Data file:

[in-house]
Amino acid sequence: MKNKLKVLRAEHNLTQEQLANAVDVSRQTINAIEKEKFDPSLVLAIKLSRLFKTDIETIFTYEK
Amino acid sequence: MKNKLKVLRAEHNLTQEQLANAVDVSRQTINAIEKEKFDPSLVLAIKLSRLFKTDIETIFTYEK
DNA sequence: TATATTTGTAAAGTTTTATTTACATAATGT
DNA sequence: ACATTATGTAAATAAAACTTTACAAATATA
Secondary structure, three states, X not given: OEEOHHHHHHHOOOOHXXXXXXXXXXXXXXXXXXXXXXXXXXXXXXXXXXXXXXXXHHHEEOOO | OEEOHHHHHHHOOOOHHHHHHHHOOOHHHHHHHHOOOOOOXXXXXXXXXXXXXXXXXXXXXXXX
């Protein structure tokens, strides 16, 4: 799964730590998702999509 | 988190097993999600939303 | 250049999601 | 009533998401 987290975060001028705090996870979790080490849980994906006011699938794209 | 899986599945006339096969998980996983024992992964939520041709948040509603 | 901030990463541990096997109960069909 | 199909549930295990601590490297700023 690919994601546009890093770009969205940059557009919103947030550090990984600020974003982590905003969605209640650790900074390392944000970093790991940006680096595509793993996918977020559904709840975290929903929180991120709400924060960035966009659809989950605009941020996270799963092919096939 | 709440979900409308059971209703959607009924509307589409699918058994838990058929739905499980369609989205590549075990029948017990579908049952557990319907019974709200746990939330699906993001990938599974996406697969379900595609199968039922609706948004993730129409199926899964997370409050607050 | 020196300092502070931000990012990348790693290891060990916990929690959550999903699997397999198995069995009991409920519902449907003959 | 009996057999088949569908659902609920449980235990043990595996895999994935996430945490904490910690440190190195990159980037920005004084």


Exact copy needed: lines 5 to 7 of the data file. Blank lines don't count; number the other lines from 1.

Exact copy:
DNA sequence: ACATTATGTAAATAAAACTTTACAAATATA
Secondary structure, three states, X not given: OEEOHHHHHHHOOOOHXXXXXXXXXXXXXXXXXXXXXXXXXXXXXXXXXXXXXXXXHHHEEOOO | OEEOHHHHHHHOOOOHHHHHHHHOOOHHHHHHHHOOOOOOXXXXXXXXXXXXXXXXXXXXXXXX
């Protein structure tokens, strides 16, 4: 799964730590998702999509 | 988190097993999600939303 | 250049999601 | 009533998401 987290975060001028705090996870979790080490849980994906006011699938794209 | 899986599945006339096969998980996983024992992964939520041709948040509603 | 901030990463541990096997109960069909 | 199909549930295990601590490297700023 690919994601546009890093770009969205940059557009919103947030550090990984600020974003982590905003969605209640650790900074390392944000970093790991940006680096595509793993996918977020559904709840975290929903929180991120709400924060960035966009659809989950605009941020996270799963092919096939 | 709440979900409308059971209703959607009924509307589409699918058994838990058929739905499980369609989205590549075990029948017990579908049952557990319907019974709200746990939330699906993001990938599974996406697969379900595609199968039922609706948004993730129409199926899964997370409050607050 | 020196300092502070931000990012990348790693290891060990916990929690959550999903699997397999198995069995009991409920519902449907003959 | 009996057999088949569908659902609920449980235990043990595996895999994935996430945490904490910690440190190195990159980037920005004084």